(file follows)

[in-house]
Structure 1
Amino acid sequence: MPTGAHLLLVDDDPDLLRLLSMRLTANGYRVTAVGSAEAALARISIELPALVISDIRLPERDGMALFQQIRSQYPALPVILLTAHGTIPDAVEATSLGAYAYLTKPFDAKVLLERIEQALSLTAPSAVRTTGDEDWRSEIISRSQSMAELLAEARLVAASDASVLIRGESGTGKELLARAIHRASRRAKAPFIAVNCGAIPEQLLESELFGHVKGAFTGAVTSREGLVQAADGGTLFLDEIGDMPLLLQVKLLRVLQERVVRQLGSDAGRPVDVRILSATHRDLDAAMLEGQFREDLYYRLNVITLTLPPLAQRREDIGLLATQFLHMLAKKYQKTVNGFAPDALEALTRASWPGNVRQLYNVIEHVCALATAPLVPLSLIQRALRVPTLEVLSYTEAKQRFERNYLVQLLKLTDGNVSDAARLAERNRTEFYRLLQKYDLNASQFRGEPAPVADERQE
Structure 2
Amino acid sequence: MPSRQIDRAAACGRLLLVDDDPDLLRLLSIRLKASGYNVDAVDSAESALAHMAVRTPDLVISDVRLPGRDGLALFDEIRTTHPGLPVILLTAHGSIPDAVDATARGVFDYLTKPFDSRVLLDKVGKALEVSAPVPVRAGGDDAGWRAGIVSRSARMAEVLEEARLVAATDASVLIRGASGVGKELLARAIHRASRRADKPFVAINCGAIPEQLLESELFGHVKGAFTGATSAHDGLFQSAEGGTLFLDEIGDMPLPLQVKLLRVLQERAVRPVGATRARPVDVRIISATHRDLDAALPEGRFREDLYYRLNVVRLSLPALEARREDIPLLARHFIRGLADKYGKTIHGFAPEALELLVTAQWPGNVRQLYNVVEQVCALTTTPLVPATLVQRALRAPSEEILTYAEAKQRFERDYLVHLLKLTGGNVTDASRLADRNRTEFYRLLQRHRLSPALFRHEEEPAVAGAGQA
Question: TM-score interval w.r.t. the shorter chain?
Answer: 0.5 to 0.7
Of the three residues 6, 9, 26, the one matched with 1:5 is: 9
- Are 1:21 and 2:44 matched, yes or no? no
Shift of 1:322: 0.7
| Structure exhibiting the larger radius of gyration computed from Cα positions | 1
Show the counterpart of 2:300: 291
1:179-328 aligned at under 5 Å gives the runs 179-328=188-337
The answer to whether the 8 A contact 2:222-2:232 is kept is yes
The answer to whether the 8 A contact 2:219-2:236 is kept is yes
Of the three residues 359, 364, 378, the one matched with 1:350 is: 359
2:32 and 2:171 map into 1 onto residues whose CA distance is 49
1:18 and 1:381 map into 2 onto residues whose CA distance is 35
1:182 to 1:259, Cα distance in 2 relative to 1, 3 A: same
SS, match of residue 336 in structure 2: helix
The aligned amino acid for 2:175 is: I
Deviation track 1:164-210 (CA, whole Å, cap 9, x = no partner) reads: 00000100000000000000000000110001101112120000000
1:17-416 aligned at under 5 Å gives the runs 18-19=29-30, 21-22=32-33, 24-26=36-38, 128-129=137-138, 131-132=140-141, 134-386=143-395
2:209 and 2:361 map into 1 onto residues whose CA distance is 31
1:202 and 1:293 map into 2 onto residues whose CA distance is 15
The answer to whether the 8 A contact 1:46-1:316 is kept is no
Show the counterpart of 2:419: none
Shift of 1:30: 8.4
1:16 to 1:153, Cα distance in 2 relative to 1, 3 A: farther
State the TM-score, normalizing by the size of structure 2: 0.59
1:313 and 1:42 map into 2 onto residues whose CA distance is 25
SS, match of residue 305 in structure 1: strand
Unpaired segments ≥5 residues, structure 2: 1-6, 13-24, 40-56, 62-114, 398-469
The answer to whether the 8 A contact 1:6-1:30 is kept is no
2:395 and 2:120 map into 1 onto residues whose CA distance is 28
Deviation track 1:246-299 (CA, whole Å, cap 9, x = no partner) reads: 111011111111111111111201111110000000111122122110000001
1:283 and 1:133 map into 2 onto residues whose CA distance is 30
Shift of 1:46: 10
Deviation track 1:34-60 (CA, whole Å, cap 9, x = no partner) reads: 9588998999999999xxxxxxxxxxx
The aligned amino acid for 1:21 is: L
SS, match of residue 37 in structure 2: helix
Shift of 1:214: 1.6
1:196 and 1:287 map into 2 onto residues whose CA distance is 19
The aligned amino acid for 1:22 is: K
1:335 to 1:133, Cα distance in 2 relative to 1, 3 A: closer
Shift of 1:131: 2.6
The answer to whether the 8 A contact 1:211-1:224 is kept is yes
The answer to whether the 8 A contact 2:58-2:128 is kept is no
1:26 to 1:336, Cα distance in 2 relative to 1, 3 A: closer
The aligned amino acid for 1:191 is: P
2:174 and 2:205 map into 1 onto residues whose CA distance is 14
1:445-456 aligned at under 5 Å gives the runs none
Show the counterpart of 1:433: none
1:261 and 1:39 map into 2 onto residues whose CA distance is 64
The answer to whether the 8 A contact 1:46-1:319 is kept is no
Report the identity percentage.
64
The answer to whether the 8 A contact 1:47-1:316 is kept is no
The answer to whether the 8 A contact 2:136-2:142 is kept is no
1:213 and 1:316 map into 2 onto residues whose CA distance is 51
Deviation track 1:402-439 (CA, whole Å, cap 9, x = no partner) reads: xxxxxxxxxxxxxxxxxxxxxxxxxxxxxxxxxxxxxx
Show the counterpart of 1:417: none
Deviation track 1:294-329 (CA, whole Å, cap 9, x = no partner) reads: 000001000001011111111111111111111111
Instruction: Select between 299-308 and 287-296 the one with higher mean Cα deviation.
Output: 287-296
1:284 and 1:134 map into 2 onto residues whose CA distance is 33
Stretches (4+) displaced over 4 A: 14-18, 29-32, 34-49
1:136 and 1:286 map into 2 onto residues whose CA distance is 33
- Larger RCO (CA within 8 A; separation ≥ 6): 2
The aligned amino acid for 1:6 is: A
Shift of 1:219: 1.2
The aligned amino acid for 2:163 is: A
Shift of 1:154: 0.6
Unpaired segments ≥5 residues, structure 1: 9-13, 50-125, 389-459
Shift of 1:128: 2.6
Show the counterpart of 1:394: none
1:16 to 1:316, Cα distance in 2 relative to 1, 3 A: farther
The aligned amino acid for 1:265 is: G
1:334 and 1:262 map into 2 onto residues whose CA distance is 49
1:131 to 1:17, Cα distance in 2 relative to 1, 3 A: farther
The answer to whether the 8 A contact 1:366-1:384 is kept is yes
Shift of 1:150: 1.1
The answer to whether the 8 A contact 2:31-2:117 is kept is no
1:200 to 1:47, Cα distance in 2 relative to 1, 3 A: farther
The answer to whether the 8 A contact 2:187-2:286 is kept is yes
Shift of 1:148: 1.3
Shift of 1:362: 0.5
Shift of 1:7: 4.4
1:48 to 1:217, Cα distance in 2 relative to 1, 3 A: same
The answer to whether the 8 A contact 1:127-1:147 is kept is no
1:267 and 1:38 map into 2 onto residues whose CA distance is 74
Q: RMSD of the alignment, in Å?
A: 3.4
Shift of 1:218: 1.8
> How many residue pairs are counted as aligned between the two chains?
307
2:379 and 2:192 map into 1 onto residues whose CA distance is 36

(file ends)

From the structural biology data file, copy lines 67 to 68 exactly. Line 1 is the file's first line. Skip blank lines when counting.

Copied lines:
Stretches (4+) displaced over 4 A: 14-18, 29-32, 34-49
1:136 and 1:286 map into 2 onto residues whose CA distance is 33